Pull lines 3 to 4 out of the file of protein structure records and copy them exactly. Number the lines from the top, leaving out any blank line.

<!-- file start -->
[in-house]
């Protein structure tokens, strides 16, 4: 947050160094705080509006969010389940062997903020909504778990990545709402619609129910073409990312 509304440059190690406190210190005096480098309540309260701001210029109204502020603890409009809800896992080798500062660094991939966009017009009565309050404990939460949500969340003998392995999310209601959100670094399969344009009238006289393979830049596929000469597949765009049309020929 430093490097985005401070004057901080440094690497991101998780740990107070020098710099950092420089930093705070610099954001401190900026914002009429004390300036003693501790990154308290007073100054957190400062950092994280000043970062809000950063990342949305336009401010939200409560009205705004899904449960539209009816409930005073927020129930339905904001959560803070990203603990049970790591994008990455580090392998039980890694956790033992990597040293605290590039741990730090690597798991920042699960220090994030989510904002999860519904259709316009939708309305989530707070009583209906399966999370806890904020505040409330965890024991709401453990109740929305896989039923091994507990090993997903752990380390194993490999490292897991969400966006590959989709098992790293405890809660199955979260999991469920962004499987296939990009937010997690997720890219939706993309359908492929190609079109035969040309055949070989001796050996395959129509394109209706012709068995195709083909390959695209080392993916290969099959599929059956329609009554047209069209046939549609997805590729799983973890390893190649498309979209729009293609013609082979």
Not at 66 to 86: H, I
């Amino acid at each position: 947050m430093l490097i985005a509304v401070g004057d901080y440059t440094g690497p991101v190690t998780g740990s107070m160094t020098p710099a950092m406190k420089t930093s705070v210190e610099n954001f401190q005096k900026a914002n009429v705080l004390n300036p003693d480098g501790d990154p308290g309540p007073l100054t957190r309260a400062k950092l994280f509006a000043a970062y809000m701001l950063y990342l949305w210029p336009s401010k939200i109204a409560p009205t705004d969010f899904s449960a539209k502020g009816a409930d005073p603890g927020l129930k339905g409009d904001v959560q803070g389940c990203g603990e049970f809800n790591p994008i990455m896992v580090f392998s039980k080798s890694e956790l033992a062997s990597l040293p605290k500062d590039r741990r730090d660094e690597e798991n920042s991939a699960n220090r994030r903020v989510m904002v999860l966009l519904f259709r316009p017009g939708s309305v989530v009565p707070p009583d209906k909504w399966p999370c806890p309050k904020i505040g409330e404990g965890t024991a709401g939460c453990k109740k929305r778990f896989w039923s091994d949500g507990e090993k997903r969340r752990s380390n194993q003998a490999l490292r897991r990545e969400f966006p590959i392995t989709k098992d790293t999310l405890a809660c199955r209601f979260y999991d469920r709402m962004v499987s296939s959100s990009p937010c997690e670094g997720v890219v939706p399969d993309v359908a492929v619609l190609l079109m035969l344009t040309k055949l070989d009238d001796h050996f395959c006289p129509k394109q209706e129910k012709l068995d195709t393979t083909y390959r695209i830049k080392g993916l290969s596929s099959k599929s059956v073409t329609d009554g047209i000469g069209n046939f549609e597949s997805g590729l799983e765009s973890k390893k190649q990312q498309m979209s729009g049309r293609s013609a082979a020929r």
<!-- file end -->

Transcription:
Not at 66 to 86: H, I
């Amino acid at each position: 947050m430093l490097i985005a509304v401070g004057d901080y440059t440094g690497p991101v190690t998780g740990s107070m160094t020098p710099a950092m406190k420089t930093s705070v210190e610099n954001f401190q005096k900026a914002n009429v705080l004390n300036p003693d480098g501790d990154p308290g309540p007073l100054t957190r309260a400062k950092l994280f509006a000043a970062y809000m701001l950063y990342l949305w210029p336009s401010k939200i109204a409560p009205t705004d969010f899904s449960a539209k502020g009816a409930d005073p603890g927020l129930k339905g409009d904001v959560q803070g389940c990203g603990e049970f809800n790591p994008i990455m896992v580090f392998s039980k080798s890694e956790l033992a062997s990597l040293p605290k500062d590039r741990r730090d660094e690597e798991n920042s991939a699960n220090r994030r903020v989510m904002v999860l966009l519904f259709r316009p017009g939708s309305v989530v009565p707070p009583d209906k909504w399966p999370c806890p309050k904020i505040g409330e404990g965890t024991a709401g939460c453990k109740k929305r778990f896989w039923s091994d949500g507990e090993k997903r969340r752990s380390n194993q003998a490999l490292r897991r990545e969400f966006p590959i392995t989709k098992d790293t999310l405890a809660c199955r209601f979260y999991d469920r709402m962004v499987s296939s959100s990009p937010c997690e670094g997720v890219v939706p399969d993309v359908a492929v619609l190609l079109m035969l344009t040309k055949l070989d009238d001796h050996f395959c006289p129509k394109q209706e129910k012709l068995d195709t393979t083909y390959r695209i830049k080392g993916l290969s596929s099959k599929s059956v073409t329609d009554g047209i000469g069209n046939f549609e597949s997805g590729l799983e765009s973890k390893k190649q990312q498309m979209s729009g049309r293609s013609a082979a020929r």